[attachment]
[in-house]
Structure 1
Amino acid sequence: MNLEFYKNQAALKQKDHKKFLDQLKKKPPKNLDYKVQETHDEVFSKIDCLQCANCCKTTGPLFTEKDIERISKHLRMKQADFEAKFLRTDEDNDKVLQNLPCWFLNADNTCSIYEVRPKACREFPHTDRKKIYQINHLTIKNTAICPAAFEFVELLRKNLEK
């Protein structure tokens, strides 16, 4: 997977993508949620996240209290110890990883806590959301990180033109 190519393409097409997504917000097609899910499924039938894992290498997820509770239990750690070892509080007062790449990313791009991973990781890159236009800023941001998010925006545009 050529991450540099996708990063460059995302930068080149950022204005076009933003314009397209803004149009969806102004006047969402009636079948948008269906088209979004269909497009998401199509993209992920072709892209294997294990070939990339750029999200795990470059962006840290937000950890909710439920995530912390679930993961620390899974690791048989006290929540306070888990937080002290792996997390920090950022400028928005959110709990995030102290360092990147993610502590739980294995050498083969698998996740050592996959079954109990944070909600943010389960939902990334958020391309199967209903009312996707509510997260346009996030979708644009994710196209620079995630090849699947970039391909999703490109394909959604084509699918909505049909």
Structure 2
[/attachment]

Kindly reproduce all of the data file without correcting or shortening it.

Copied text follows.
[in-house]
Structure 1
Amino acid sequence: MNLEFYKNQAALKQKDHKKFLDQLKKKPPKNLDYKVQETHDEVFSKIDCLQCANCCKTTGPLFTEKDIERISKHLRMKQADFEAKFLRTDEDNDKVLQNLPCWFLNADNTCSIYEVRPKACREFPHTDRKKIYQINHLTIKNTAICPAAFEFVELLRKNLEK
């Protein structure tokens, strides 16, 4: 997977993508949620996240209290110890990883806590959301990180033109 190519393409097409997504917000097609899910499924039938894992290498997820509770239990750690070892509080007062790449990313791009991973990781890159236009800023941001998010925006545009 050529991450540099996708990063460059995302930068080149950022204005076009933003314009397209803004149009969806102004006047969402009636079948948008269906088209979004269909497009998401199509993209992920072709892209294997294990070939990339750029999200795990470059962006840290937000950890909710439920995530912390679930993961620390899974690791048989006290929540306070888990937080002290792996997390920090950022400028928005959110709990995030102290360092990147993610502590739980294995050498083969698998996740050592996959079954109990944070909600943010389960939902990334958020391309199967209903009312996707509510997260346009996030979708644009994710196209620079995630090849699947970039391909999703490109394909959604084509699918909505049909």
Structure 2